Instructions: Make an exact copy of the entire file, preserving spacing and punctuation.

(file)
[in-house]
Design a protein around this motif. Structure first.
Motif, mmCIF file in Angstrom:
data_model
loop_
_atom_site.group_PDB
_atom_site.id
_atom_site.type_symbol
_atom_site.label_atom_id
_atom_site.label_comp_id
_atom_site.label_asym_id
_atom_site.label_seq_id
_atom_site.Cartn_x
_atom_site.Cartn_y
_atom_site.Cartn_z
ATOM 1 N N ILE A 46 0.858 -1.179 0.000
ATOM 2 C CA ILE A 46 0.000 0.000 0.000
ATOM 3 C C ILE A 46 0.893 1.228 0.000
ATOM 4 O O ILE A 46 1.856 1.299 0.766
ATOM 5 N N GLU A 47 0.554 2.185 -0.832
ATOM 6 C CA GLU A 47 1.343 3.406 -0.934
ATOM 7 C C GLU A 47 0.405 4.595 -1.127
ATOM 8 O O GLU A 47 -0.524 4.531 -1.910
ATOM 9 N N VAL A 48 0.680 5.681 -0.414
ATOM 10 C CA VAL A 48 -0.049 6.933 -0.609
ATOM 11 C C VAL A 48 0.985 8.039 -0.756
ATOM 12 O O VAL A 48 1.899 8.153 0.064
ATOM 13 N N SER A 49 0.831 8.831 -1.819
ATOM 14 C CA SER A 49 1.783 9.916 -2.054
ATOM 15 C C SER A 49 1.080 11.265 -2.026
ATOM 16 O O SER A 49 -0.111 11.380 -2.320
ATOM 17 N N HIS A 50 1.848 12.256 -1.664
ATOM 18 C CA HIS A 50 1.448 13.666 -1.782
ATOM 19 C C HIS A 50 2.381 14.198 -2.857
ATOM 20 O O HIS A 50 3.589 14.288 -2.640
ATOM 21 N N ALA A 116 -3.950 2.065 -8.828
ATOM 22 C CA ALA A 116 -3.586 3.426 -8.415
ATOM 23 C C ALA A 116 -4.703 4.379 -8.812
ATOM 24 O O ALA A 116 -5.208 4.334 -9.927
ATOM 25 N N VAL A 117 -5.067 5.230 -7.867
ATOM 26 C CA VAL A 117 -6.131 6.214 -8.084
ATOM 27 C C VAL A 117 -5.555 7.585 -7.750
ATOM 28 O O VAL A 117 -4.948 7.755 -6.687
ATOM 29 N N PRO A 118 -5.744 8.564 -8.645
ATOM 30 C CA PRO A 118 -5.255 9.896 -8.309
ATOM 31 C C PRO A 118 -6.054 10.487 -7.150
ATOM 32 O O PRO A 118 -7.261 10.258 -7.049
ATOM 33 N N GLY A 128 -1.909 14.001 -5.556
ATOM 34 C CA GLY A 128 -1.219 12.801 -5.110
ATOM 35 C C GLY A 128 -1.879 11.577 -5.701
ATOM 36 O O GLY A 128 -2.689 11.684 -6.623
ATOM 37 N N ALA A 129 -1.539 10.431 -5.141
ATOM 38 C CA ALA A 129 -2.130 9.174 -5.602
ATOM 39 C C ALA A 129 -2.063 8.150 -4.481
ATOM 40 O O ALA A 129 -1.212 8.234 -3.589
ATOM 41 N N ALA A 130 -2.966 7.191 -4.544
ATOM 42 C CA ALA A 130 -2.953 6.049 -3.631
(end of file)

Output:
[in-house]
Design a protein around this motif. Structure first.
Motif, mmCIF file in Angstrom:
data_model
loop_
_atom_site.group_PDB
_atom_site.id
_atom_site.type_symbol
_atom_site.label_atom_id
_atom_site.label_comp_id
_atom_site.label_asym_id
_atom_site.label_seq_id
_atom_site.Cartn_x
_atom_site.Cartn_y
_atom_site.Cartn_z
ATOM 1 N N ILE A 46 0.858 -1.179 0.000
ATOM 2 C CA ILE A 46 0.000 0.000 0.000
ATOM 3 C C ILE A 46 0.893 1.228 0.000
ATOM 4 O O ILE A 46 1.856 1.299 0.766
ATOM 5 N N GLU A 47 0.554 2.185 -0.832
ATOM 6 C CA GLU A 47 1.343 3.406 -0.934
ATOM 7 C C GLU A 47 0.405 4.595 -1.127
ATOM 8 O O GLU A 47 -0.524 4.531 -1.910
ATOM 9 N N VAL A 48 0.680 5.681 -0.414
ATOM 10 C CA VAL A 48 -0.049 6.933 -0.609
ATOM 11 C C VAL A 48 0.985 8.039 -0.756
ATOM 12 O O VAL A 48 1.899 8.153 0.064
ATOM 13 N N SER A 49 0.831 8.831 -1.819
ATOM 14 C CA SER A 49 1.783 9.916 -2.054
ATOM 15 C C SER A 49 1.080 11.265 -2.026
ATOM 16 O O SER A 49 -0.111 11.380 -2.320
ATOM 17 N N HIS A 50 1.848 12.256 -1.664
ATOM 18 C CA HIS A 50 1.448 13.666 -1.782
ATOM 19 C C HIS A 50 2.381 14.198 -2.857
ATOM 20 O O HIS A 50 3.589 14.288 -2.640
ATOM 21 N N ALA A 116 -3.950 2.065 -8.828
ATOM 22 C CA ALA A 116 -3.586 3.426 -8.415
ATOM 23 C C ALA A 116 -4.703 4.379 -8.812
ATOM 24 O O ALA A 116 -5.208 4.334 -9.927
ATOM 25 N N VAL A 117 -5.067 5.230 -7.867
ATOM 26 C CA VAL A 117 -6.131 6.214 -8.084
ATOM 27 C C VAL A 117 -5.555 7.585 -7.750
ATOM 28 O O VAL A 117 -4.948 7.755 -6.687
ATOM 29 N N PRO A 118 -5.744 8.564 -8.645
ATOM 30 C CA PRO A 118 -5.255 9.896 -8.309
ATOM 31 C C PRO A 118 -6.054 10.487 -7.150
ATOM 32 O O PRO A 118 -7.261 10.258 -7.049
ATOM 33 N N GLY A 128 -1.909 14.001 -5.556
ATOM 34 C CA GLY A 128 -1.219 12.801 -5.110
ATOM 35 C C GLY A 128 -1.879 11.577 -5.701
ATOM 36 O O GLY A 128 -2.689 11.684 -6.623
ATOM 37 N N ALA A 129 -1.539 10.431 -5.141
ATOM 38 C CA ALA A 129 -2.130 9.174 -5.602
ATOM 39 C C ALA A 129 -2.063 8.150 -4.481
ATOM 40 O O ALA A 129 -1.212 8.234 -3.589
ATOM 41 N N ALA A 130 -2.966 7.191 -4.544
ATOM 42 C CA ALA A 130 -2.953 6.049 -3.631